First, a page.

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Leaving Your Dog Alone – Separation Anxiety and Loss of Control

Dogs are pack animals. They do not like to be alone. The anxiety of being left behind is in their nature and some suffer from it more than others. But dogs can also learn up to an old age how to be alone. For puppies it is relatively easy, for older dogs this requires training and, if necessary, some patience. Read on to find out how your dog can learn to be alone for a few hours and what else you should know on the subject!

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Dogs do not like to be left alone. The worry of being left behind is in their nature as pack animals and some suffer from it more than others. Sometimes, however, it can’t be helped: whether for work, occasions where your four-legged friend is unable to come with you, but also short waits in the car, are situations in which the animal needs to spend some time without their human.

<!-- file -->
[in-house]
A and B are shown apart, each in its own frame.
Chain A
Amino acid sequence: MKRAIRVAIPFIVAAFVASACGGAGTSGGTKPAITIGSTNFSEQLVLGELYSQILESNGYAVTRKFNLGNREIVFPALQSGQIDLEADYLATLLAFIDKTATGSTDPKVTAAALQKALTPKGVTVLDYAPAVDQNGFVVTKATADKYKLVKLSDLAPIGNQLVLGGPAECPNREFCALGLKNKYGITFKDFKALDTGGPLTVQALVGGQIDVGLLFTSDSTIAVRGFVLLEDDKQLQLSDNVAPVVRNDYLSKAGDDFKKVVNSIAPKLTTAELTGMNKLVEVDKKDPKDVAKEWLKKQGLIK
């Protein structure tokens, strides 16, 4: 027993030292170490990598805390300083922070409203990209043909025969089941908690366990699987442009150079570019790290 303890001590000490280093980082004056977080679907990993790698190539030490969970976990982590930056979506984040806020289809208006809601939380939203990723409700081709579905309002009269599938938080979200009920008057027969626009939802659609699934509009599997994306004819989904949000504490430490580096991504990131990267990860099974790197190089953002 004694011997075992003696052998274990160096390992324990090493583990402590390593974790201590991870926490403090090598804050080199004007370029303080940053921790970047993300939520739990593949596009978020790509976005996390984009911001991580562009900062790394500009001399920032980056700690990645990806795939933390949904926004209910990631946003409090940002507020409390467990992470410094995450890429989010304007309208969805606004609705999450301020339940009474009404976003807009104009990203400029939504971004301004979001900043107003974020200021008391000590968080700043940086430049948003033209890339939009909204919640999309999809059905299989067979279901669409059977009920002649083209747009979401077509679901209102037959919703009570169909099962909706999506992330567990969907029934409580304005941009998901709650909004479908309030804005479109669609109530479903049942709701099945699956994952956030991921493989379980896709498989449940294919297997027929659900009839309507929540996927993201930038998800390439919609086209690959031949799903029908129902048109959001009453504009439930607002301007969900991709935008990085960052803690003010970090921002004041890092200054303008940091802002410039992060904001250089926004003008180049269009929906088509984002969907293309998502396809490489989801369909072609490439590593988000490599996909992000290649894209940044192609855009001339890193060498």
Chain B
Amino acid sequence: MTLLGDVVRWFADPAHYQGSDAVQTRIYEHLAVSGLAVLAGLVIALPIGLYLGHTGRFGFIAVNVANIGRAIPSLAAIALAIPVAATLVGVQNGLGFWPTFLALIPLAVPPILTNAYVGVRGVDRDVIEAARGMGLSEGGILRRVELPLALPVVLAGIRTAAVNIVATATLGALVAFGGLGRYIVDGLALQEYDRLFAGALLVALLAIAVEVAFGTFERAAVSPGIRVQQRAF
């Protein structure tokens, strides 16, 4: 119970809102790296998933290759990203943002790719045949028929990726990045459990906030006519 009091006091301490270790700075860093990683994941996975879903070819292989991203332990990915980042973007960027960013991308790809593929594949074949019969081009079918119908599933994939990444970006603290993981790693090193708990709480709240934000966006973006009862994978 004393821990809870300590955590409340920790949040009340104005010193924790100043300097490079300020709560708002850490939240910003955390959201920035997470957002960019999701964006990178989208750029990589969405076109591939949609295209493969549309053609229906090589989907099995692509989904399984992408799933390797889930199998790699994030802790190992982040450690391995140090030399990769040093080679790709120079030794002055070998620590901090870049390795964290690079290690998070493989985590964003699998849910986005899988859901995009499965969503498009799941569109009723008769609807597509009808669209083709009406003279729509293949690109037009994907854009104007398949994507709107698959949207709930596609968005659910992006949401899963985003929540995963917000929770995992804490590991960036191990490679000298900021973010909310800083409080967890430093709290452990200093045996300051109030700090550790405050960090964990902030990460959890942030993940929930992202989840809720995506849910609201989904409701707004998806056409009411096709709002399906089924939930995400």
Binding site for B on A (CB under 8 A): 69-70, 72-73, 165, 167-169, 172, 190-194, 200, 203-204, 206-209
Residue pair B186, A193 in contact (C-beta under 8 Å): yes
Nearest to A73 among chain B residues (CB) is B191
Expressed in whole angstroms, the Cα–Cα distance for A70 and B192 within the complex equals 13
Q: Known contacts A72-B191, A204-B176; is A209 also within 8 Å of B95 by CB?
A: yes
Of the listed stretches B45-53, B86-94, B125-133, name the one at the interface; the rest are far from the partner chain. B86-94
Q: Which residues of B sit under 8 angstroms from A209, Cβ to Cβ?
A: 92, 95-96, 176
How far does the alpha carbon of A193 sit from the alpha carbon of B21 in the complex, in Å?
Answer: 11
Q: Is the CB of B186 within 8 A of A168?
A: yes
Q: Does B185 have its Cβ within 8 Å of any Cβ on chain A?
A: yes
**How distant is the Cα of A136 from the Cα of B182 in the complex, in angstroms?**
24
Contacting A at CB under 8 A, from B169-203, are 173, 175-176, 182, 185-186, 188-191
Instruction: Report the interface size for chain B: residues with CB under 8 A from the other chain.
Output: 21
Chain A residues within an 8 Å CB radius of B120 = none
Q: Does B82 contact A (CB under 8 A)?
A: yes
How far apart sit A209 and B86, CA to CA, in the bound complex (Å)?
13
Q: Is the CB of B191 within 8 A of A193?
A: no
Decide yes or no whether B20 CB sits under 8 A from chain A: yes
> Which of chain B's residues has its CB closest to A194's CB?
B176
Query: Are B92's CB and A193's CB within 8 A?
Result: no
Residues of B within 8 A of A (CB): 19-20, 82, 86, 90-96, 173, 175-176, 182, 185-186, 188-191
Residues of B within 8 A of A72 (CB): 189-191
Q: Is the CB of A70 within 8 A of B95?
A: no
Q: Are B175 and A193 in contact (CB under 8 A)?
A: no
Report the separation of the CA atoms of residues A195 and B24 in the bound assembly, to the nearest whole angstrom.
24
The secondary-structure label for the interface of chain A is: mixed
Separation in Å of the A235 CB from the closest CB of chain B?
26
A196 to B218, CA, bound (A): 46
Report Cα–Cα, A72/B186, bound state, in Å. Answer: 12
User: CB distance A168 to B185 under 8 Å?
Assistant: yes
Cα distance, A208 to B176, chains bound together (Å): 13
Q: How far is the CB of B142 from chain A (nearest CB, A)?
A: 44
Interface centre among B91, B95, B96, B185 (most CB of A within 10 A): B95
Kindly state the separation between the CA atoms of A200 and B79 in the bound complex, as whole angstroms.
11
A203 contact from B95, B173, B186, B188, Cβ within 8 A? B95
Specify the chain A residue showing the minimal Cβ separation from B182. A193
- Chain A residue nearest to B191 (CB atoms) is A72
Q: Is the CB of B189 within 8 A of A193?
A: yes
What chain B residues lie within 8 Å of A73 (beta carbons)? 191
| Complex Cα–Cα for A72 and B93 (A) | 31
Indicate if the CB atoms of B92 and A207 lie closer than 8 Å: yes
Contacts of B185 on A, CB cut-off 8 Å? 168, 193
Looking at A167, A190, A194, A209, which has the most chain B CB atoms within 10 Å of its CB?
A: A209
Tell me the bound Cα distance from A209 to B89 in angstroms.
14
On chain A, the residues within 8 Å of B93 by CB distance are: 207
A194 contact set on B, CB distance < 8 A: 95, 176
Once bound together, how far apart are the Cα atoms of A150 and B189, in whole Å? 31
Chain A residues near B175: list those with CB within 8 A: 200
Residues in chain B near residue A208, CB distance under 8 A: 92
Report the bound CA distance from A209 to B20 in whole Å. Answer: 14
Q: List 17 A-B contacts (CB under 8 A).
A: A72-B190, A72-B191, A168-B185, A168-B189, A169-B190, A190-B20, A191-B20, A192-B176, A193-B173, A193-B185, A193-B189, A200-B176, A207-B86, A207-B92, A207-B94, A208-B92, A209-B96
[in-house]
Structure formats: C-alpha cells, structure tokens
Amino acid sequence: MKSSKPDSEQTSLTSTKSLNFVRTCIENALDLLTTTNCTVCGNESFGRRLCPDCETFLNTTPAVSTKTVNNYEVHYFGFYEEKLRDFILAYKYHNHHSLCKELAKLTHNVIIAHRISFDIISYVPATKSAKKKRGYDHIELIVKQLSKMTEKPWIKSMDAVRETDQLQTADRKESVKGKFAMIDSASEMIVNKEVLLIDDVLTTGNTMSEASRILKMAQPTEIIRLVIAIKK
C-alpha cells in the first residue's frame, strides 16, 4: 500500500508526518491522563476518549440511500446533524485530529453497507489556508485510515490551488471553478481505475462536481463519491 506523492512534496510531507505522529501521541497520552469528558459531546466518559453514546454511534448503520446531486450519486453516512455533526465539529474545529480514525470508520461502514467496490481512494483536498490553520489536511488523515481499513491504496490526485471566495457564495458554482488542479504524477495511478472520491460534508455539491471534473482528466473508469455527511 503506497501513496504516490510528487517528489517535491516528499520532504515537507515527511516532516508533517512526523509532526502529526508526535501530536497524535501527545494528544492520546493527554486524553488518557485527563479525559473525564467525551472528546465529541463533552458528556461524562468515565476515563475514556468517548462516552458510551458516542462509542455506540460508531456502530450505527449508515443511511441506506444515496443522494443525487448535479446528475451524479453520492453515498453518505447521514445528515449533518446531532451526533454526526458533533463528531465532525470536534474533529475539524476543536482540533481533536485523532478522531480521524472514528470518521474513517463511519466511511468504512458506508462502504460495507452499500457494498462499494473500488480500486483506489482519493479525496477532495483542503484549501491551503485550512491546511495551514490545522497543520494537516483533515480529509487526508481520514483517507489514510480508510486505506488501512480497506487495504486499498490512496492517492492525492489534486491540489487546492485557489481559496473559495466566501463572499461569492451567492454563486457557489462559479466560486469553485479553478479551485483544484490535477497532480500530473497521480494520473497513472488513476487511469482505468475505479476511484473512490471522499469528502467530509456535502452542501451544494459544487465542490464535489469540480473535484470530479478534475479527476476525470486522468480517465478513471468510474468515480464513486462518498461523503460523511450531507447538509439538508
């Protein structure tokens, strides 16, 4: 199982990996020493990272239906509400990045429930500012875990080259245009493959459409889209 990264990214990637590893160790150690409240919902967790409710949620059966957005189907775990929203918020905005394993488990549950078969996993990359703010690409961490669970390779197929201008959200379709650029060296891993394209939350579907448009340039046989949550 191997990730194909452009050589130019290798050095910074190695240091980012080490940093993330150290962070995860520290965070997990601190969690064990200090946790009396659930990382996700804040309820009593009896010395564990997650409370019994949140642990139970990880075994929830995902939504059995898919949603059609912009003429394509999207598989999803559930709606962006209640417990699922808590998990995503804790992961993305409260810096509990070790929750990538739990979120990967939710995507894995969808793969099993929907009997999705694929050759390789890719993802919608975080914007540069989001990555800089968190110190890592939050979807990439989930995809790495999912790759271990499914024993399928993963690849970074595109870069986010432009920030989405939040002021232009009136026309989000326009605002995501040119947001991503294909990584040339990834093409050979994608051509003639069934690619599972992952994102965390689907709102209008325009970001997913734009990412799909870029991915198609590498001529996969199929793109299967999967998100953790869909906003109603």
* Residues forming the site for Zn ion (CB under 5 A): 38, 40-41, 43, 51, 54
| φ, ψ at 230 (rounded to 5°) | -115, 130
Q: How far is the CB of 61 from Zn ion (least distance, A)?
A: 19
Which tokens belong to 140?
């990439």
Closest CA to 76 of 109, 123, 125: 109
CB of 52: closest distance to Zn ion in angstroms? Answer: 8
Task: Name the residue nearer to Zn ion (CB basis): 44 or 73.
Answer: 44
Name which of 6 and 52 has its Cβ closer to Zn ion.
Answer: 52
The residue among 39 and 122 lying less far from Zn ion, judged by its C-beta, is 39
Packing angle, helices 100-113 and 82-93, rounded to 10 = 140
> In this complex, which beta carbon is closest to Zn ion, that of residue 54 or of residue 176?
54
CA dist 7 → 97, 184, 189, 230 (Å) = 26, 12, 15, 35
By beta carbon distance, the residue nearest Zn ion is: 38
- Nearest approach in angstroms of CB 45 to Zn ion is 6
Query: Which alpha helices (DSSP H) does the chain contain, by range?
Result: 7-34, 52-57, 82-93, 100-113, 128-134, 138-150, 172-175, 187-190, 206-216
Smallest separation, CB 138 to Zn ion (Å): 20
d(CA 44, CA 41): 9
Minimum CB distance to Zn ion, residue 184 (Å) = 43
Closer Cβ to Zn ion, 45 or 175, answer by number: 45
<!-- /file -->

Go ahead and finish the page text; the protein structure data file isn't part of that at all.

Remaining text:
The good news: up to old age, dogs can learn how to be alone. For puppies this is comparatively easy, for older dogs this may require training and patience. Read on to find out how your dog can learn to be left alone for a few hours.

Why dogs do not like to be alone

The anxiety of being alone and being left sits deep in every dog. Dogs are pack animals, even if nowadays they are no longer kept in dog packs. However, their social behaviour and feeling of belonging are very strong. In a pack, as for example with wolves or wild dogs, weak or ill animals are left behind and, in the worst case, die.

It’s hardly surprising if our dogs are always concerned about holding the connection to their “family”. But here, too, exceptions confirm the rule: working dogs who carry out a clear task are quite able to be alone for longer. It would really be most appropriate if our dogs could stay either in a pack of dogs or with their people.

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Leaving your dog alone: how long is reasonable?

Unfortunately there is no clever answer to this question, as dogs are – just like humans – unique individuals. Some start to howl when their human shuts the door behind them, others become unsettled after an hour and start to run around the room, bite at furniture and objects or do their business in the home out of protest. Very sensitive dogs can even suffer from depression if they are often left alone or if they are left alone for too long.

Other dogs can be left alone for four or five hours without their humans, and with no separation anxiety at all. It shouldn’t be more than this in any case as your dog will have to relieve themselves at least at this point!